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Front Neurosci. 2010; 4: 197.
Published online 2010 November 25. doi:  10.3389/fnins.2010.00197
PMCID: PMC2996130

Getting a Handle on Cholera and the Circuits Controlling Intestinal Motility

Diarrheal diseases, which are typically bacterial in nature, are a major global health problem (Zuckerman et al., 2007). The majority of diarrheal episodes are associated with Escherichia coli, or Shigella, Campylobacter or Samonella spp., however, infection with the bacterium Vibrio cholerae is perhaps the most renowned because it produces diarrhea that can lead to severe dehydration and death, sometimes within hours of the first symptoms, and outbreaks reach epidemic proportions prior to the discovery of the contaminated source. Forced rehydration is the current treatment modality for cholera and while prevention is typically sought by bolstering infrastructure to provide clean water, vaccine development is the most active and controversial front in therapeutic advancement (Chaignat, 2008). Cholera has traditionally been considered to act by increasing cAMP levels in epithelial cells to evoke secretion (Vanden Broeck et al., 2007), but newer lines of evidence point to enteroendocrine-mediated initiation of secretory reflexes within the enteric nervous system (ENS) as a primary cause (Farthing, 2002), the most compelling data of which is that tetrodotoxin, and 5-hydroxytryptamine (5-HT)3 receptor antagonists block cholera toxin-induced secretory diarrhea (Beubler et al., 1989; Jodal, 1990).

The ENS, a network of neurons present within the wall of the alimentary canal, coordinates the complex and varied functions of the gastrointestinal (GI) tract (Furness, 2006). One class of enteric neuron are the secretomotor neurons which, when paired with dilation of intestinal blood vessels, can cause the secretion of vast amounts of fluid. Cholera toxin, perhaps by direct activation, or perhaps indirectly through the release of 5-HT and activation of intrinsic afferent neurons, increases the firing rate of these secretomotor neurons (Jiang et al., 1993; Gwynne et al., 2009). Intrinsic afferent neurons and secretomotor neurons form a recurrent network which is likely to explain the uncontrolled firing of secretory motorneurons following cholera toxin exposure (Chambers et al., 2005).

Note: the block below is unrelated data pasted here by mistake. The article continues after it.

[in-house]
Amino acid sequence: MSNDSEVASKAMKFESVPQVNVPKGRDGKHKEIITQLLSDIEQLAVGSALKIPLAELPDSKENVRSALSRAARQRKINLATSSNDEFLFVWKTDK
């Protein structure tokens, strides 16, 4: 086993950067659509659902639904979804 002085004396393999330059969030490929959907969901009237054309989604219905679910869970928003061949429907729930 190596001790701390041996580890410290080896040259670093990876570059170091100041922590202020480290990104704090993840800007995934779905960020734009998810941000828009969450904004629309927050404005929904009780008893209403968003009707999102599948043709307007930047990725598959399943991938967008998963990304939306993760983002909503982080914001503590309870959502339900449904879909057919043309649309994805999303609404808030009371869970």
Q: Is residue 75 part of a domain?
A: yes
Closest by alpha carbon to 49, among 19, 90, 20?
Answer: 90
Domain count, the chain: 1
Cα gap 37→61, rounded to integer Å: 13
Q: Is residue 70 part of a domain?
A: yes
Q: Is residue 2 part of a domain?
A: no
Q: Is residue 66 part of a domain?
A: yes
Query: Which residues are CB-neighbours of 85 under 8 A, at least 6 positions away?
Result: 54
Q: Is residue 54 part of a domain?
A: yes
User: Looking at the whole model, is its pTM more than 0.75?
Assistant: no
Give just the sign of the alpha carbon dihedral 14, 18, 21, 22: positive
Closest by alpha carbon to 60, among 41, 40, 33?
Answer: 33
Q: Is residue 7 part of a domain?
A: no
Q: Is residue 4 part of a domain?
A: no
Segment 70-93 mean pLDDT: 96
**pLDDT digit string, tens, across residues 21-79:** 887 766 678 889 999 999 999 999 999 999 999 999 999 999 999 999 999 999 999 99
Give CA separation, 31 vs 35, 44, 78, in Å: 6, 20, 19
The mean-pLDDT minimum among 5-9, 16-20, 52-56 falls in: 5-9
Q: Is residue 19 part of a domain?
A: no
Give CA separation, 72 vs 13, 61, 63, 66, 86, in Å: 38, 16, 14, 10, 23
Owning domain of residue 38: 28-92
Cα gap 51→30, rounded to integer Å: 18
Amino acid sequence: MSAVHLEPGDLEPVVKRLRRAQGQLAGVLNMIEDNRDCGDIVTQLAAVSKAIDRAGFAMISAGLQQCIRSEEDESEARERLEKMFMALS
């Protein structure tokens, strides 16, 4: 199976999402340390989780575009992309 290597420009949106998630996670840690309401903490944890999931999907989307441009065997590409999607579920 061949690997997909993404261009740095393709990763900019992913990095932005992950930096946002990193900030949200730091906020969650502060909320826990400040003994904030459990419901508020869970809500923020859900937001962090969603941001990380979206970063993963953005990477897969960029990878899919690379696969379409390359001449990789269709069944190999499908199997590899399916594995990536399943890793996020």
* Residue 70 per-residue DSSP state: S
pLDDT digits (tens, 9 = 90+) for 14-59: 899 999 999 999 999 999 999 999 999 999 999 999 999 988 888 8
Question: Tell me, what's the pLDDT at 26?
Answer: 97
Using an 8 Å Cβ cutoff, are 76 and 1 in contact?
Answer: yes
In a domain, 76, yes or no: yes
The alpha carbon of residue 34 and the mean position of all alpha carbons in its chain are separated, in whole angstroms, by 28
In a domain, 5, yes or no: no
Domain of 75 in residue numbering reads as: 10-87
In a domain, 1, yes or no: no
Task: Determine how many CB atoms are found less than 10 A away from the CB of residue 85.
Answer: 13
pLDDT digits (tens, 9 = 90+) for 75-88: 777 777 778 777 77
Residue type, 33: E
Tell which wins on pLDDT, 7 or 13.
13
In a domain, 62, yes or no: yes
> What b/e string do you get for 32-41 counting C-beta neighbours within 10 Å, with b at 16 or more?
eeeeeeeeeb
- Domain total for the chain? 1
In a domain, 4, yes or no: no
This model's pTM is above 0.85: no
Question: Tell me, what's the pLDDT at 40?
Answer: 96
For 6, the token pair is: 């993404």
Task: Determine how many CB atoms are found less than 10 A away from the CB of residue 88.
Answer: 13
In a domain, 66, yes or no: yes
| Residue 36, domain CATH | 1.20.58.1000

While the mechanisms by which cholera toxin enhances secretion are becoming clear, it's effects on GI motor function remain murky. On one hand, an early study found an increase in transit in suckling rabbits infected with whole V. cholerae (Finkelstein et al., 1964) while on the other hand, a marker perfusion study failed to identify changes in GI transit in patients with cholera (Banwell et al., 1970; Brigham et al., 1970). Similarly, Banwell and Sherr (1973) observed that a small intestinal loop exposed to V. cholerae became flaccid but a later myoelectrical analysis of infected open loops of rabbit intestine revealed increases in migrating action potential complexes 4 h post-inoculation with cholera toxin (Mathias et al., 1976; Mathias et al., 1977). Reduced motility has also been seen using strain gages in awake, fed dogs (Cowles and Sarna, 1990a,b) while Kordasti et al. (2006), saw little effect of cholera toxin on the frequency or amplitude of contractions in rats in vivo. Interestingly, when the 5-HT3 receptor antagonist, granisetron, was administered to these rats to reduce the secretory effect of cholera toxin, there was a significant increase in contractions (Kordasti et al., 2006). It is into this arena that Fung et al. (2010) have entered, using a relatively new approach for studying GI motility.